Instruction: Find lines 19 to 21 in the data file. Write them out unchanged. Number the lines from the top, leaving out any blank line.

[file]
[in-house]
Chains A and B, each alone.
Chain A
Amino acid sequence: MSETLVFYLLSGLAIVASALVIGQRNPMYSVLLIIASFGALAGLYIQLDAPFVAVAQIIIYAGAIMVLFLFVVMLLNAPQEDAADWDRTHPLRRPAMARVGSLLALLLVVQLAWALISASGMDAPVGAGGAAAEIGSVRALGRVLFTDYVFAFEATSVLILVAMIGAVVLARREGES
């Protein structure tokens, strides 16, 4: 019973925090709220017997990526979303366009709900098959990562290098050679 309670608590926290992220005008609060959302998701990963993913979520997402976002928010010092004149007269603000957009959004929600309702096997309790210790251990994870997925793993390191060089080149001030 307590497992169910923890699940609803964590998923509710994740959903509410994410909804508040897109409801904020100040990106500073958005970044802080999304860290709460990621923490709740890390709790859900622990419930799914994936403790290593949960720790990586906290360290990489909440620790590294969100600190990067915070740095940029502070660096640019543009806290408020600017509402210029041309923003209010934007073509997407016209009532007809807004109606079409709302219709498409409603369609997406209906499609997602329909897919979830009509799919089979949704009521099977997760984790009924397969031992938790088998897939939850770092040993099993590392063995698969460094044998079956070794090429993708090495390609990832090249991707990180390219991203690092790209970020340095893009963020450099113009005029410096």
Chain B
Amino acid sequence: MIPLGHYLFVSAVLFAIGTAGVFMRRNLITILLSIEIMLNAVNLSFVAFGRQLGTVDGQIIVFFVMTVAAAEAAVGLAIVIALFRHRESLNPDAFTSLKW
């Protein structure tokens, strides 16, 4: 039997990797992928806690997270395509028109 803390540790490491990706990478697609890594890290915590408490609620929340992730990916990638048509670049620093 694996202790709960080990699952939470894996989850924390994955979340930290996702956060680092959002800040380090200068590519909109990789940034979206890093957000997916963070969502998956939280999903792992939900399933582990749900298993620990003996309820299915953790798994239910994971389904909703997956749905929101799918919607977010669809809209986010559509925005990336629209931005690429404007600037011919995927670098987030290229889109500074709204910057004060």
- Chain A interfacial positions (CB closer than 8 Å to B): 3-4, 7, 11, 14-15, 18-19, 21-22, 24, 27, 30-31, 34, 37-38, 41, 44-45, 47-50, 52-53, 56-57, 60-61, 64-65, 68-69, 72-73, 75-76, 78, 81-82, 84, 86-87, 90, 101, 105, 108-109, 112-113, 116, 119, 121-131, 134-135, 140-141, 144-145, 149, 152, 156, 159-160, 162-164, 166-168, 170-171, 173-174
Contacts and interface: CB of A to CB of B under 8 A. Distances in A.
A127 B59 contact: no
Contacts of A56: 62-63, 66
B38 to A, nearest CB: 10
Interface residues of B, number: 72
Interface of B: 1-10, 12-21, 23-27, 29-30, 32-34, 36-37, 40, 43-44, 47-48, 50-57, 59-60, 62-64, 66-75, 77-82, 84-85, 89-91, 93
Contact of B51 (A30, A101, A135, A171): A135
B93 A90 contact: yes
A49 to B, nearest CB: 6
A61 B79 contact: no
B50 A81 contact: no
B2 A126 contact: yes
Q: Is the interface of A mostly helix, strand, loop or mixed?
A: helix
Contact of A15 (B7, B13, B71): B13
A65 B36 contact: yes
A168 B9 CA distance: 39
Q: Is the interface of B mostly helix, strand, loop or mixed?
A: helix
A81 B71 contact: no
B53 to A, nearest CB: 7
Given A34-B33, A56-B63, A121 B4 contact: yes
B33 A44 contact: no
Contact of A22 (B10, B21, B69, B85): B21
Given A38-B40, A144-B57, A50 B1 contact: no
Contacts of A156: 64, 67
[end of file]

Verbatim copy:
A61 B79 contact: no
B50 A81 contact: no
B2 A126 contact: yes